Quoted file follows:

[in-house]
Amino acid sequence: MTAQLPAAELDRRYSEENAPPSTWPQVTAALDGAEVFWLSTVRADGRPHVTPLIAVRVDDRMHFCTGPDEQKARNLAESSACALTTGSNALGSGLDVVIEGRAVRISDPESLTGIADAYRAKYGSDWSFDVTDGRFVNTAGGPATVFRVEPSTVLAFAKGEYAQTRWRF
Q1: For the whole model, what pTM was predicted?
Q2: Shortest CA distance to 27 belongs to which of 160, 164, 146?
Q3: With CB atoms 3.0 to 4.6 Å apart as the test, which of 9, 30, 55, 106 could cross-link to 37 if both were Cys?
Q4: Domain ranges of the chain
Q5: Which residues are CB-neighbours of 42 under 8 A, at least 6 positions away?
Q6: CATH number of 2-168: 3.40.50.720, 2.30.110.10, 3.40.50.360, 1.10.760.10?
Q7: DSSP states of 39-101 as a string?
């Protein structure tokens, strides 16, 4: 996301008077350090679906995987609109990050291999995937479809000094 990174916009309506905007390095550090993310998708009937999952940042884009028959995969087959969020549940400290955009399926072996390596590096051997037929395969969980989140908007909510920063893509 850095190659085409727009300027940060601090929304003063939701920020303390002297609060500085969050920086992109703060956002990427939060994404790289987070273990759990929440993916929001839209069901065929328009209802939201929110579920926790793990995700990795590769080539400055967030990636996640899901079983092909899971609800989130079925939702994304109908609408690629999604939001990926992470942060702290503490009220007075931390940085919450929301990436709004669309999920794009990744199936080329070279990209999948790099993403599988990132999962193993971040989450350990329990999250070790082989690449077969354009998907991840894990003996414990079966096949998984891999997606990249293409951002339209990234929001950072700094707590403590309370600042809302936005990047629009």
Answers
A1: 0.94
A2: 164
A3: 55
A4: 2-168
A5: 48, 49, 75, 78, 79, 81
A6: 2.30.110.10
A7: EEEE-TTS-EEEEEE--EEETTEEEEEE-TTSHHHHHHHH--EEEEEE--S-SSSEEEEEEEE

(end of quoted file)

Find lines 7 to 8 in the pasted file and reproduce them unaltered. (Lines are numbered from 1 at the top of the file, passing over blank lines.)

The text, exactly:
Q5: Which residues are CB-neighbours of 42 under 8 A, at least 6 positions away?
Q6: CATH number of 2-168: 3.40.50.720, 2.30.110.10, 3.40.50.360, 1.10.760.10?